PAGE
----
F-1 Student Information
All international students who currently hold an F-1 student visa must familiarize with the information presented on this page. Please note that information from the U.S. government agencies changes frequently, and therefore, students are responsible for observing the regulations of the U.S. Department of Homeland Security (DHS), U.S. Department of State (DOS), and U.S. Internal Revenue Service (IRS).
If you have any questions, please contact the International Student Advisor.
I-20: Also called the Certificate of Eligibility, the I-20 is issued by Radford University once you have been accepted and have provided financial documentation showing your ability to pay for your education and living expenses. The I-20 is used to obtain the F-1 student visa at the U.S. Consulate or Embassy in your country, and is also required for entry to the U.S.
Passports: Your passport should be updated before you depart for the U.S. and must be kept valid at least six months into the future at all times. Your passport can be renewed through your country’s consulate or embassy in the U.S., or in your own country during a vacation abroad.
Visas: When you go to the American embassy or consulate in your country and present your I-20, the Consular Officer will place a visa stamp (usually in the form of a sticker) on a page inside your passport. The visa: (1) gives you permission to apply for entry to the U.S.; (2) indicates the type of visa you have been given for your stay in the U.S (student visa); (3) when the visa expires; and (4) how many times you can enter the U.S. using that visa (e.g. single, multiple, etc.).
I-94: This form is your entry record into the United States. Noted on it will be your admission/departure number, your immigration status (F-1), date of entry, port of entry, and the length of time that your immigration status is valid. A notation of “D/S” means that your status is valid for “duration of status”, or in other words, until you complete your degree. The I-94 record will be updated every time you leave the U.S., and a new I-94 will be issued upon your reentry to the U.S.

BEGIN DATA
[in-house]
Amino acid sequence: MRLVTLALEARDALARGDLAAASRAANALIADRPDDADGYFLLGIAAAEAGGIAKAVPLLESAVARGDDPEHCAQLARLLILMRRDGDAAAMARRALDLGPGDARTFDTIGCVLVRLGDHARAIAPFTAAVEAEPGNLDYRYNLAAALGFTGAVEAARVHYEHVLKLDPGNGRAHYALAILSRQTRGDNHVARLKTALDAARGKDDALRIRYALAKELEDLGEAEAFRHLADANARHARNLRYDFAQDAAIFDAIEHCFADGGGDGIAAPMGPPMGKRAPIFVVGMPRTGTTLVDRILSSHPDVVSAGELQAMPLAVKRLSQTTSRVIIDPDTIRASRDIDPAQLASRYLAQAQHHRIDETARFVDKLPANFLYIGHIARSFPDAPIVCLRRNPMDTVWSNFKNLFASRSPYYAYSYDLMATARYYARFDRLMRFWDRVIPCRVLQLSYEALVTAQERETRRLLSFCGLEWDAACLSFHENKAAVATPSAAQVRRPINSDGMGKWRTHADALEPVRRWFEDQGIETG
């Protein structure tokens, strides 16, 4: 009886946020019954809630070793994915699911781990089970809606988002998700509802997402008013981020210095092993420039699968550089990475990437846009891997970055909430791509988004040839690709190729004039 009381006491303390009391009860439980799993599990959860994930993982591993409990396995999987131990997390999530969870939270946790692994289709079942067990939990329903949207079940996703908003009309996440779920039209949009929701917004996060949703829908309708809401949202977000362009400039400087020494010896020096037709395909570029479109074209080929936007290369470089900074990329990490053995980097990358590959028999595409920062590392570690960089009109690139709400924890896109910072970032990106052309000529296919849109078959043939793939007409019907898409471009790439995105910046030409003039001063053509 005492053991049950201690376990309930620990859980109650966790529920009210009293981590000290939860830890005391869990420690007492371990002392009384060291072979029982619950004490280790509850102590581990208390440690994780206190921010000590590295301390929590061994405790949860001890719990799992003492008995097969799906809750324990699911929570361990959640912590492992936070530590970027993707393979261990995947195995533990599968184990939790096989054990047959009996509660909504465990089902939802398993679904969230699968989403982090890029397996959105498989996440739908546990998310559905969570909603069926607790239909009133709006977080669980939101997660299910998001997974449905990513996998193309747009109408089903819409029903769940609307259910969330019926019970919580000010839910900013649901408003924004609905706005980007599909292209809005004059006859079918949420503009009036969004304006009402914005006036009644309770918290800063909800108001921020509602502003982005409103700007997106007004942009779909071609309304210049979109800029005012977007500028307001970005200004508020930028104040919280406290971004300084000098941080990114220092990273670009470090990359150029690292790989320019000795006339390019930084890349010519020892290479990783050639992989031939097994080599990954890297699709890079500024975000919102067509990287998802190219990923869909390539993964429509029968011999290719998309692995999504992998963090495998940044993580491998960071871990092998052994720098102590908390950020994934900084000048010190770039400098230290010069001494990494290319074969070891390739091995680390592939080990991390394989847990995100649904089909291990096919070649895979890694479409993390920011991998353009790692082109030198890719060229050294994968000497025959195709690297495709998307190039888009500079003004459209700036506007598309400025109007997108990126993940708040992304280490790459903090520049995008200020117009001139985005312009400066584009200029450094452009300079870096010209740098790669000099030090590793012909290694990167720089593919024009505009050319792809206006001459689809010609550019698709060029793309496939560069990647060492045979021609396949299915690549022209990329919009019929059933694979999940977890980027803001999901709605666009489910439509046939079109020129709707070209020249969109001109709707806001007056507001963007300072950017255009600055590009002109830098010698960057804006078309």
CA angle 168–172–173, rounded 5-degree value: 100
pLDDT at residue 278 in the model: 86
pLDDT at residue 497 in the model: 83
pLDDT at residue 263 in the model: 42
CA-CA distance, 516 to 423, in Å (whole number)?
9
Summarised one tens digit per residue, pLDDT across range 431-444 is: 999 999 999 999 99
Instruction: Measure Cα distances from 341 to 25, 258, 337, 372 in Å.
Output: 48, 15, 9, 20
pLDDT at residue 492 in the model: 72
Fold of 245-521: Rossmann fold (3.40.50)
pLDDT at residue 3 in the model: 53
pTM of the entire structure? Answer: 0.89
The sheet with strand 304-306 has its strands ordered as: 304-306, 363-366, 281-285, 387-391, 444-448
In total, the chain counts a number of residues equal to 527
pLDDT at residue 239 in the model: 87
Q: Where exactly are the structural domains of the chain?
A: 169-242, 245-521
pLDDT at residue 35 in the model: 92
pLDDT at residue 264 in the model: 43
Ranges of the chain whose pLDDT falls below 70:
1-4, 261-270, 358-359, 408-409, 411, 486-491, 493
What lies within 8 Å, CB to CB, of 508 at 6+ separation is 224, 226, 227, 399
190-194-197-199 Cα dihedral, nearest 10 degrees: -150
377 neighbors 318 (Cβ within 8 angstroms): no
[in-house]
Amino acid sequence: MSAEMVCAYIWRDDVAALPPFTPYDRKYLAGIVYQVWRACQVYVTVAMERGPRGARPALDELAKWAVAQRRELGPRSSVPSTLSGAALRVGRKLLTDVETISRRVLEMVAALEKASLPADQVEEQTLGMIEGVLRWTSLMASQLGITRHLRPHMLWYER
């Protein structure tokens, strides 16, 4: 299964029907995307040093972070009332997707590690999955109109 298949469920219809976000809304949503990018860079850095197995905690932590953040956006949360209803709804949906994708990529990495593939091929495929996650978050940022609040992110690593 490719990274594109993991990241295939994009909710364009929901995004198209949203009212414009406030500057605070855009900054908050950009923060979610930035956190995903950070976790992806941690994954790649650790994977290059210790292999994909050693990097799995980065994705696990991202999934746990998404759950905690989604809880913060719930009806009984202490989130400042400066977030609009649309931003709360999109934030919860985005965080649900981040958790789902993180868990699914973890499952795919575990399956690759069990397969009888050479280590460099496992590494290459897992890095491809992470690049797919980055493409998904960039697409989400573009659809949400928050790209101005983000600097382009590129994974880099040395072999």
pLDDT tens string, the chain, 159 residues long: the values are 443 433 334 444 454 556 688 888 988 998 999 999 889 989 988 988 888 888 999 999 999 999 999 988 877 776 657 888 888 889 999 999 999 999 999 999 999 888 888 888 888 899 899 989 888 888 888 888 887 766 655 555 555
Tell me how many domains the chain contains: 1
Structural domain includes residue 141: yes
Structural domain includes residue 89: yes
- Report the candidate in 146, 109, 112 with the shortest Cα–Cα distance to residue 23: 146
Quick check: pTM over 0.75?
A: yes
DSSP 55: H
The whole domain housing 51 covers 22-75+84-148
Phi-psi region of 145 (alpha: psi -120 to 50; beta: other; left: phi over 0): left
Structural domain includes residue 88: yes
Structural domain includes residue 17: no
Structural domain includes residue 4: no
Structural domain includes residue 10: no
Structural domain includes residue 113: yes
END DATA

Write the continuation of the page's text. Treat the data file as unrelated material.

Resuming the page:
Full-Time Status: All F-1 students must be enrolled full-time during the Fall and Spring semesters. Full-time status for undergraduates is 12 credits per semester and full-time status for graduate students is 3 credits per semester.
Online Courses While in the U.S.: Undergraduate students may take no more than one three-credit online course to meet the minimum full-time enrollment requirement. Any credits earned above the minimum enrollment can be any learning experience. Graduate students must enroll in one three-credit course per term that is offered in-person. Any additional courses taken each term can be through any learning experience.
Summer Enrollment: If an F-1 student starts their program of study in the summer semester, or if the student will complete their final classes in the summer semester, the regular full-time enrollment requirements as stated above must be followed. Continuing students (those who will not graduate in the summer and intend to come back for the Fall semester) are not required to take any summer courses. Whoever, if the student choses to take any summer courses, he/she does not need to be enrolled full-time and may take all courses online if desired.
Reduced Course Load (RCL): A student with F-1 student status may not reduce his or her course load below full-time without prior permission from their International Student Advisor. In cases where an RCL this is allowed, a Reduced Course Load Form [PDF] must be completed and submitted to the International Student Advisor prior to dropping any courses in order to properly document the reduction in the student’s immigration file.